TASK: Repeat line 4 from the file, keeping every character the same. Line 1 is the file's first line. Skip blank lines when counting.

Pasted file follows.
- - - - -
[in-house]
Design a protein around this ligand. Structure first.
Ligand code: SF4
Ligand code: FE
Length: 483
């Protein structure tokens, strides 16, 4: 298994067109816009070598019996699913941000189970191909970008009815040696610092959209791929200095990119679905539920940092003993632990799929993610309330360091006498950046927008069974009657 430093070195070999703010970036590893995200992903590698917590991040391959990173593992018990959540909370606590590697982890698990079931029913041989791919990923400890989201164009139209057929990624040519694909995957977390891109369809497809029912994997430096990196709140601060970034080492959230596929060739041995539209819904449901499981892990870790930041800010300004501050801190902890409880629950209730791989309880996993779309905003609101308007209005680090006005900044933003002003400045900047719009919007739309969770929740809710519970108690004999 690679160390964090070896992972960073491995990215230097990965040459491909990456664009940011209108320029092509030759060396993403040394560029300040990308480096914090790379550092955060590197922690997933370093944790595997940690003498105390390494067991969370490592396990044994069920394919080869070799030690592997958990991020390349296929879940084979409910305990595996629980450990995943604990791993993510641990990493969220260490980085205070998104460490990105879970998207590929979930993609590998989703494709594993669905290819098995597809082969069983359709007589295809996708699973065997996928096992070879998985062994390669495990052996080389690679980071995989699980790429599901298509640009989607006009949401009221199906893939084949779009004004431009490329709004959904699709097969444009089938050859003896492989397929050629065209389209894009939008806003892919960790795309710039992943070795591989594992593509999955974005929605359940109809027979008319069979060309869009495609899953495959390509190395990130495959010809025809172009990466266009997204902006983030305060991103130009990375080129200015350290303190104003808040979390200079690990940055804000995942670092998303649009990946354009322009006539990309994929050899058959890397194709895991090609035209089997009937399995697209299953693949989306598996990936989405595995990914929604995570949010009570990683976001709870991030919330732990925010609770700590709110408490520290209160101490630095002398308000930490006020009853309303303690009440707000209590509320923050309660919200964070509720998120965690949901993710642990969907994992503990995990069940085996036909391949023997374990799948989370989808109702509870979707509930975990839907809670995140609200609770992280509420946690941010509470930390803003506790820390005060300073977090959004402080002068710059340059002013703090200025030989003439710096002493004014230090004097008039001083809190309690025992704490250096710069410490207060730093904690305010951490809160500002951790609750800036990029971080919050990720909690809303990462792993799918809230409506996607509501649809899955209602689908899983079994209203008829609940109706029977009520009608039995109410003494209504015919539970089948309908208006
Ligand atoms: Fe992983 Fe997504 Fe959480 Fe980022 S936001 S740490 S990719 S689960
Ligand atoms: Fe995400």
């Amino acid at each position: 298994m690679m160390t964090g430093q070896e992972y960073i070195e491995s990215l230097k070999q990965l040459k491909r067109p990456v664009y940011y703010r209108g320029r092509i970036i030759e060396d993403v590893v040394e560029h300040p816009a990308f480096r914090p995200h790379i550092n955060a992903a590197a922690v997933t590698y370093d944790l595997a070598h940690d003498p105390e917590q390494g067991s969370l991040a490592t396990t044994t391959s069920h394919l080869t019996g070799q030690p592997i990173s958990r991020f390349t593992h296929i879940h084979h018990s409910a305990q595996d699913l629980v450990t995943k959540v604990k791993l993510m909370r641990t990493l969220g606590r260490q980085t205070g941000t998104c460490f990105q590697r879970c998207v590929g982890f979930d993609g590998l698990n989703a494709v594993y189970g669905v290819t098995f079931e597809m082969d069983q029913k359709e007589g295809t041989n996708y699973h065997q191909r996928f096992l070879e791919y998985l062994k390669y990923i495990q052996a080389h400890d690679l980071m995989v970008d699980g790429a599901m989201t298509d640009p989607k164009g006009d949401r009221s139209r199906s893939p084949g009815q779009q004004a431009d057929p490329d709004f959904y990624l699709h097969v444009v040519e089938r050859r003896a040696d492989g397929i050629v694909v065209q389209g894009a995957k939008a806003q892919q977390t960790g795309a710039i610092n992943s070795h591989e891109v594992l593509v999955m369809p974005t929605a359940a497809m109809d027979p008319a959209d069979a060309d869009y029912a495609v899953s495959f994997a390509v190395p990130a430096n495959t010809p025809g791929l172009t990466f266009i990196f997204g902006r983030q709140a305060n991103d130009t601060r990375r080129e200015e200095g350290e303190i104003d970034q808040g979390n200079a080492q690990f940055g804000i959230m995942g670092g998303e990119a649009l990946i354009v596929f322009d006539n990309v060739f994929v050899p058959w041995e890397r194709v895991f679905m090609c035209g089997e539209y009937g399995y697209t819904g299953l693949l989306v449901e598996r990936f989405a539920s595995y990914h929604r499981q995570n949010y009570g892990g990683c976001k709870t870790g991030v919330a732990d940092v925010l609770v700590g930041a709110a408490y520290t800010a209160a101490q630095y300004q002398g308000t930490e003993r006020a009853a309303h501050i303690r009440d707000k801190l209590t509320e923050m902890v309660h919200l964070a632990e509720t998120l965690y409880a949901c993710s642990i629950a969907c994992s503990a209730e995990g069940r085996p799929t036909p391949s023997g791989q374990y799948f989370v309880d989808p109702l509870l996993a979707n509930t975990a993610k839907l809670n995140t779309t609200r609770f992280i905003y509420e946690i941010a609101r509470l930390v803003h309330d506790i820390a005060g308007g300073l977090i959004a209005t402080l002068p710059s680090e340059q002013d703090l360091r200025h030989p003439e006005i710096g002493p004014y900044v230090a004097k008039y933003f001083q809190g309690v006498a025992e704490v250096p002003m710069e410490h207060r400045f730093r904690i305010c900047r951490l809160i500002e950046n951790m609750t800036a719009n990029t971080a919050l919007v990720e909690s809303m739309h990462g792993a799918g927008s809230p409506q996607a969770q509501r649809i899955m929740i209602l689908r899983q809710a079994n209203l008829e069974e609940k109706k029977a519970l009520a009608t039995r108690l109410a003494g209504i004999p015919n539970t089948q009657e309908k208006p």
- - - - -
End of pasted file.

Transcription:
Ligand code: FE